Hot Air Swirls Around ID Theft Measure
While some of the hot air circulating on Capitol Hill today focused on former Vice President Al Gore's testimony on global warming, a debate down the hall managed to carve out its own environmental issues around another topic -- how to craft a data breach notification bill.
At a Senate Judiciary subcommittee hearing on a data breach bill introduced by panel Chairman Dianne Feinstein (D-Calif.), experts looked at making key components of California's influential data breach notification statute the law of the land.
Chris Hoofnagle, senior staff attorney for the University of California-Berkeley Samuelson Law, Technology & Public Policy Clinic explained that the duty to give individuals notice of security breaches is similar to laws created in the 1980s requiring companies to make inventories of certain toxic chemicals, and to report to the public when such chemicals are released.
"Just as [the law] created strong incentives to secure toxic chemicals, security breach laws create incentives for information security investment," Hoofnagle said. "Prior to the enactment of these laws....businesses were free to keep security incidences secret, and in effect, pass the costs to individuals who would be subject to identity theft and other misuse of their data."
Hoofnagle also recommended requiring lending institutions to report on the prevalence and severity of identity theft.
Joanne McNabb, chief of California's Office of Privacy Protection, extended the data breach-environmental catastrophe metaphor further, saying, "Personal information is like toxic waste: managing it requires a high level of skill and training."
Perhaps due to Gore's appearance today, the Judiciary Committee hearing room was largely devoid of lawmakers, save Feinstein and Sen. Jon Kyl.
The Arizona Republican quizzed the witnesses from the Justice Department and the Federal Trade Commission over why it is that some 30 percent of identity theft victims have new accounts opened in their name after successfully placing a 90-day fraud alert on their credit files, according to the Identity Theft Resource Center. Both witnesses took a pass on that question, saying that was the first they had heard of that statistic.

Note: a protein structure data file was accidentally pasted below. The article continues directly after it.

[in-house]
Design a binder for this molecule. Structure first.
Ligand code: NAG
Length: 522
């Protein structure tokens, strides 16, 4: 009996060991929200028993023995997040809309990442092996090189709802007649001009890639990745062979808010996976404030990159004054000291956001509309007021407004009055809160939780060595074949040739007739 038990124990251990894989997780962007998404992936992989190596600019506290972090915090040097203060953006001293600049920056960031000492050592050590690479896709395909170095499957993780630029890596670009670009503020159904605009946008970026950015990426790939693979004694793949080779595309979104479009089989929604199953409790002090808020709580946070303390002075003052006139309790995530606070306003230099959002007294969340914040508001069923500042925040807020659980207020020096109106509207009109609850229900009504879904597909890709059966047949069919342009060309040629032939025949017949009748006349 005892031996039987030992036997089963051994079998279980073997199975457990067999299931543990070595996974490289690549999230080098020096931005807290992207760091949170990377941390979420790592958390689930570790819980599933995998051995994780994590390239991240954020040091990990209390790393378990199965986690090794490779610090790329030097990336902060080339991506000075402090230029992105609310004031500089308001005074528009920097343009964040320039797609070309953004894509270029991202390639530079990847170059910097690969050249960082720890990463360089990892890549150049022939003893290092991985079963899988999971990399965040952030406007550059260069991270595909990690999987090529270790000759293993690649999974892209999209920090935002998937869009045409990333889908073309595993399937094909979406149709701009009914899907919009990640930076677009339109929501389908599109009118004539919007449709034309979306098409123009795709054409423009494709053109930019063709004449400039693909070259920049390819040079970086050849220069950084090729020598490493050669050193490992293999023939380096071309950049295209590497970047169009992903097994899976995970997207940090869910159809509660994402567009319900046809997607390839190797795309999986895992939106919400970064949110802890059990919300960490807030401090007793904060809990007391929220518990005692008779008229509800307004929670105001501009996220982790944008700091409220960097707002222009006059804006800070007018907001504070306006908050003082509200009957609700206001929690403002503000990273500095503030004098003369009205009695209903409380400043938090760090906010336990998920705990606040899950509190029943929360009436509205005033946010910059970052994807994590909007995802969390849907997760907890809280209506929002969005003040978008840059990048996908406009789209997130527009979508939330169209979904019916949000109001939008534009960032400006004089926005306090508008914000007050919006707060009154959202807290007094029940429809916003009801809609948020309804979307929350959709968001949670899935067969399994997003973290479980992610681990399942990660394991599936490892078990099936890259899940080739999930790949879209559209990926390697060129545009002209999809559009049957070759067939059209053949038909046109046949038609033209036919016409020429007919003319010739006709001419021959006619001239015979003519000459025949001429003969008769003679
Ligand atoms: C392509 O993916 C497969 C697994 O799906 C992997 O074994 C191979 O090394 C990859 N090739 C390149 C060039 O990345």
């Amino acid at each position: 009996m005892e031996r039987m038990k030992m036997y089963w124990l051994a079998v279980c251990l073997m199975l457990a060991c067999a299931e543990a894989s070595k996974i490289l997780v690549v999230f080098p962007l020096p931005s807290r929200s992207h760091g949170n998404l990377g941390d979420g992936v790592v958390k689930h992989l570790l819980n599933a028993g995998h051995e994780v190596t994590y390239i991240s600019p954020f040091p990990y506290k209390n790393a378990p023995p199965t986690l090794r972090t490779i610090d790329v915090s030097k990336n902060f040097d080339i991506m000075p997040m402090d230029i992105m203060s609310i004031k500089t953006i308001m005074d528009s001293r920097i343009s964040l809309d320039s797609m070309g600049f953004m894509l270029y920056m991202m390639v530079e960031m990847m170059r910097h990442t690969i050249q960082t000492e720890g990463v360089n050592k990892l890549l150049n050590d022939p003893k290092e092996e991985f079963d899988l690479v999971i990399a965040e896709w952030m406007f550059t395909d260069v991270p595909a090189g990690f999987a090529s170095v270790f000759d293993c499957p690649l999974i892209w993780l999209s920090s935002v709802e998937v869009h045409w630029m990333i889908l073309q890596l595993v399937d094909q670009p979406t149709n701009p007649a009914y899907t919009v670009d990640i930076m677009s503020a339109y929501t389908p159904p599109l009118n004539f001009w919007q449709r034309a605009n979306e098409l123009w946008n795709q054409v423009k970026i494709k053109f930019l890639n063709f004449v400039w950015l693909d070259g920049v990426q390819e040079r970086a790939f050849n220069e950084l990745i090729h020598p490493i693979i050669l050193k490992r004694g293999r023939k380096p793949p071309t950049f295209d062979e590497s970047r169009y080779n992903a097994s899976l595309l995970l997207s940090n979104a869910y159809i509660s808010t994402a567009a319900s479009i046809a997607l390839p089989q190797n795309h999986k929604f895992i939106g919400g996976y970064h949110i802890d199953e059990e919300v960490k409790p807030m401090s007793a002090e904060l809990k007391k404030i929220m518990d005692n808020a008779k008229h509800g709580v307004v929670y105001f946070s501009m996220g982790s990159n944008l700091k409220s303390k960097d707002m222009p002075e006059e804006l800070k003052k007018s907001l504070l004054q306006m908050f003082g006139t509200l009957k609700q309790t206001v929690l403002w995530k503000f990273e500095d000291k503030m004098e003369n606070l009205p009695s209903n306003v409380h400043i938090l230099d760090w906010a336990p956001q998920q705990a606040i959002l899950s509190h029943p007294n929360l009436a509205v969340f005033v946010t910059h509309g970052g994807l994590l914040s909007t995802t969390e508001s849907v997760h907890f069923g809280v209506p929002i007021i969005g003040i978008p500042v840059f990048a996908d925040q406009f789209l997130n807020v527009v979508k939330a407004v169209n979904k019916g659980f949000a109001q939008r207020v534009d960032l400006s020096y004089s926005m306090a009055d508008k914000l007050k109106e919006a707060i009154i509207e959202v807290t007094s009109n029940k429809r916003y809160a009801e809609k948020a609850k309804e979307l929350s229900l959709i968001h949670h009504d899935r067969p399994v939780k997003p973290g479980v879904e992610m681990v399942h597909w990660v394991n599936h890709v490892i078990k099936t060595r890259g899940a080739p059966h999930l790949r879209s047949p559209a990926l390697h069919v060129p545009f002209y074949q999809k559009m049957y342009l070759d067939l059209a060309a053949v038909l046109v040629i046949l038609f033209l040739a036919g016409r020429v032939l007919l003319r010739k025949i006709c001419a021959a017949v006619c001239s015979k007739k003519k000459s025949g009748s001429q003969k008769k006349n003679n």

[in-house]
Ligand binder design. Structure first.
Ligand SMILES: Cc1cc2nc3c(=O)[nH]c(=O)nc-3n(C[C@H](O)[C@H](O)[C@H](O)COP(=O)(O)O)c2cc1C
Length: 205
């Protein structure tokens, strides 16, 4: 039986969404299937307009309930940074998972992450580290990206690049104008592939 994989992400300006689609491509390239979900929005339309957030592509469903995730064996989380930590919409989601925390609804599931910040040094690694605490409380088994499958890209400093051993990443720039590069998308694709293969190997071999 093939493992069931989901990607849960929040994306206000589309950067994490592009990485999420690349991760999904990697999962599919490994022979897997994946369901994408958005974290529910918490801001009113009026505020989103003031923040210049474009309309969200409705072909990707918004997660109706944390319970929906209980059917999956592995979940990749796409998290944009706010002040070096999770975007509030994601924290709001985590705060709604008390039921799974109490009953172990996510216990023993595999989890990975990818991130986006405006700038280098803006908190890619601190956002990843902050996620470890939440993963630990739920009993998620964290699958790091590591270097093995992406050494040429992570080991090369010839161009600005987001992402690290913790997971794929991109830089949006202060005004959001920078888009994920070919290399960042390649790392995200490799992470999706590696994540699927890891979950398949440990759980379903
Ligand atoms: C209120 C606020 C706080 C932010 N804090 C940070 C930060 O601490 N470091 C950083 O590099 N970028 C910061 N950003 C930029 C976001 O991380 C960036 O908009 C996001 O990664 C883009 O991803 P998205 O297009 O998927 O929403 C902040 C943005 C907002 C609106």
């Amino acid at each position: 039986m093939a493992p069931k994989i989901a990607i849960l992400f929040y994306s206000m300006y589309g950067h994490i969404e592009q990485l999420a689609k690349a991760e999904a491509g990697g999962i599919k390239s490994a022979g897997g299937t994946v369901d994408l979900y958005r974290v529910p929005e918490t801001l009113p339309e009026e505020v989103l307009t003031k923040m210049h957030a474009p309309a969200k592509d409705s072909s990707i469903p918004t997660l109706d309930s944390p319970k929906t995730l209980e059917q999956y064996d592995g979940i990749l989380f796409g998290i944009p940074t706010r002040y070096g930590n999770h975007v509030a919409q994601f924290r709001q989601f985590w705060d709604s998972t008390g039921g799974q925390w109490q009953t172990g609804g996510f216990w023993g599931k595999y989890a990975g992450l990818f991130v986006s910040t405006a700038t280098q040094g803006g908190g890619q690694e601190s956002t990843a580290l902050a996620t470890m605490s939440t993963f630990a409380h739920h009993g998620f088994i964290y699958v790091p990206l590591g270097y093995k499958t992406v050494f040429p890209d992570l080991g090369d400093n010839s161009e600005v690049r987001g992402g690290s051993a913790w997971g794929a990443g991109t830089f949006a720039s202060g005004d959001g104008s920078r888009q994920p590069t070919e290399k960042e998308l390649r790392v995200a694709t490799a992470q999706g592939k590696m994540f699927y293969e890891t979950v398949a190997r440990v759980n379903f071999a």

Ronald Tenpas, associate deputy attorney general at the Justice Department, told the committee that the ID Theft Task Force expected to forward its final recommendations to the White House by mid-April.
Feinstein, who chairs the subcommittee on terrorism, technology and homeland security, asked the five witnesses their opinions of the most controversial part of her identity theft bill. That portion would permit entities that experience a data loss, theft or breach to avoid notifying affected consumers if the entity decides the incident poses no risk of harm to consumers. The Feinstein bill currently contains a check that would require the entity suffering the breach to give a copy of the breach assessment to the U.S. Secret Service, which could overrule that decision and require that notice be sent.
Tenpas said he was in general agreement with that principle, but urged Feinstein not to forget about the FBI: "We'd note that the FBI is a very important investigative agency in parallel with the Secret Service, and we think it would be useful for there to be some recognition of that in terms of any kind of notification to law enforcement."
Feinstein, known for her candor, said: "We chose the Secret Service because they apparently have the know-how to do it and can do it."
Tenpas added that identity theft and ID theft crimes are an area where "a number of agencies all play important roles and some have closer ties to one industry sector than another and we just want to be sure that anything we do would capitalize on collective talent of all the agencies."
When asked whether entities should be able to decide for themselves whether a breach is serious enough to notify consumers, McNabb warned that this was treading into "dicey waters."
"How you conduct a risk analysis can be very tricky," she said. "You may find yourself in position of trying to prove or establish a negative. For example, if the forensic evidence showed that the apparent purpose of the hack was to store pirated music, but there was no indication that data on that server was touched...So then you have to go to the next level. Then that's part of risk analysis of what are our values and principles, and do we believe in an abundance of caution or not?"
When asked whether entities should be able to decide for themselves whether a breach is serious enough to notify consumers, Jim Davis, chief information officer for the University of California at Los Angeles, said in many cases it is simply too difficult to tell whether a data breach or loss would result in harm for affected consumers. In December 2006, the school notified some 800,000 individuals that their personal information -- including Social Security numbers -- had been fraudulently accessed.
"The definition of what is 'significant risk' is very difficult, so when we do our own analysis, it actually is going to be very difficult for us to find a situation in which we wouldn't notify" consumers, he said.
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